6.1 In contrast to the deleterious outcomes for low-income students, students who readily pass gateway tests on the first try are White and middle class. Educated in suburban schools or high "ability" groups in comprehensive elementary schools, then in honors, gifted/talented, or advanced placement sections during their secondary years, students who readily pass these new tests have high grade point averages and score above average on other tests. Middle- and upper-class students are always on the winning end of ranked orderings. Again, given that test scores inevitably sort students along social class lines and, based on what is known about correlations between tests, class- and race-linked outcomes must have been anticipated.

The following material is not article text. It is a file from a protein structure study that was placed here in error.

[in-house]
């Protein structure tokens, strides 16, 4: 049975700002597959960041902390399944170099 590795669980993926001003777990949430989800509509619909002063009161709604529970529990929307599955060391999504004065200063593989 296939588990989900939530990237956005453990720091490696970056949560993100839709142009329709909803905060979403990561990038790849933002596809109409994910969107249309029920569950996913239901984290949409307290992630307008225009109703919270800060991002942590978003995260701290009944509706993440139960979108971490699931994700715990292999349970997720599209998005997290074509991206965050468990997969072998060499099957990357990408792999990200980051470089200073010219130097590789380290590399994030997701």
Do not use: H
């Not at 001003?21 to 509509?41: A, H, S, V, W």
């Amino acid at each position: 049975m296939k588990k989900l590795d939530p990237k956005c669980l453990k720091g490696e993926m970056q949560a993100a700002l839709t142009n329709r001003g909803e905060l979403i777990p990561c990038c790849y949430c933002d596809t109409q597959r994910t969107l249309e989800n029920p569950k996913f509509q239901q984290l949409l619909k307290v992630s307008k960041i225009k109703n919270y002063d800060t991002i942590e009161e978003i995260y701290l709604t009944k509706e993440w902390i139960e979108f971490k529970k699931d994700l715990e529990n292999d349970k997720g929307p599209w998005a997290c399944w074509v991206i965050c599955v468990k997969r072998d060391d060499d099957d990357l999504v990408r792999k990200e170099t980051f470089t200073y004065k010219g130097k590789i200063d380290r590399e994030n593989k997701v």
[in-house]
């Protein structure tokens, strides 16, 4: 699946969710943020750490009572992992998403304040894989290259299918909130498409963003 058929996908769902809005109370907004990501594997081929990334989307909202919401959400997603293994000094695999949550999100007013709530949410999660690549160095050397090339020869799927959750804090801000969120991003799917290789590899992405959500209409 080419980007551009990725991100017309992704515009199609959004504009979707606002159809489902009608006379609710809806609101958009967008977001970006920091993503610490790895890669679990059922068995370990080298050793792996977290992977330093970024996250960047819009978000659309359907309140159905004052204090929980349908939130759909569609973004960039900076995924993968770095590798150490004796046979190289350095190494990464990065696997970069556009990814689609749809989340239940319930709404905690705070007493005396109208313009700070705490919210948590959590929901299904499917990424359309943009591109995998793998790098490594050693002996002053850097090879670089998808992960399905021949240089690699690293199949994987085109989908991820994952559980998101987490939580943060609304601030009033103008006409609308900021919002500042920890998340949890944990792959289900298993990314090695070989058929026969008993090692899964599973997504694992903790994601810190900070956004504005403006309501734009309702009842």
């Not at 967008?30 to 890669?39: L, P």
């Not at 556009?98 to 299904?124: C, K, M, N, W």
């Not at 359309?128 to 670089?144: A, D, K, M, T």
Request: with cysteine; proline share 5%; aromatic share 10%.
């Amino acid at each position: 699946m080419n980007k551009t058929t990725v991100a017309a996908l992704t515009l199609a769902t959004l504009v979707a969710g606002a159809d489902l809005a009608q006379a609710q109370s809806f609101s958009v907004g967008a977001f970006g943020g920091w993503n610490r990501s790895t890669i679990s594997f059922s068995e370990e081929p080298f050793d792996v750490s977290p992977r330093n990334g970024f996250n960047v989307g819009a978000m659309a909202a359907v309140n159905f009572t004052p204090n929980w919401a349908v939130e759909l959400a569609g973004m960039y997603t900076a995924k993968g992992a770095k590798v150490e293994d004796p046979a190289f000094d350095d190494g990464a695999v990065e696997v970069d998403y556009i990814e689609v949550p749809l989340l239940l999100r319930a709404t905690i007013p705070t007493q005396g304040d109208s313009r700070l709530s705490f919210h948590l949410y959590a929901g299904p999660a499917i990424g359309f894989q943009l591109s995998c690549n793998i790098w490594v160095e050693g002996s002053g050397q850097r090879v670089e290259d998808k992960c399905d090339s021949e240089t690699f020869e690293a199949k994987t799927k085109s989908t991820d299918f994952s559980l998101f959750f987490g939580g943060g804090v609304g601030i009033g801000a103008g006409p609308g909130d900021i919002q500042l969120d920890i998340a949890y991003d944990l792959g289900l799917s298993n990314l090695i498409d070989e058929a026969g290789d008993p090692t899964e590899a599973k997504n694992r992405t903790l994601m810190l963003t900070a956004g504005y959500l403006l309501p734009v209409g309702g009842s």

6.2 There are numerous insider (to the class) explanations for middle-class students' success, including they: "come from genetically superior stock," "acquire cultural capital from educated families," "internalize parental values and caring about school," "are raised to believe that educational achievement and attainment are the epitome of success," "receive respectful home treatment that nurtures the high self-esteem necessary for competence," "live in emotionally supportive conditions that allow them to concentrate on learning," and "are not subjected to the distracting tensions of substance abuse or antisocial or criminal lifestyles" (see Brantlinger, 2003). Such lay and professional reasoning attributes middle-class success to superior student and family characteristics — again, to the personal traits rather than the structural distinctions in institutional responses to members of each class.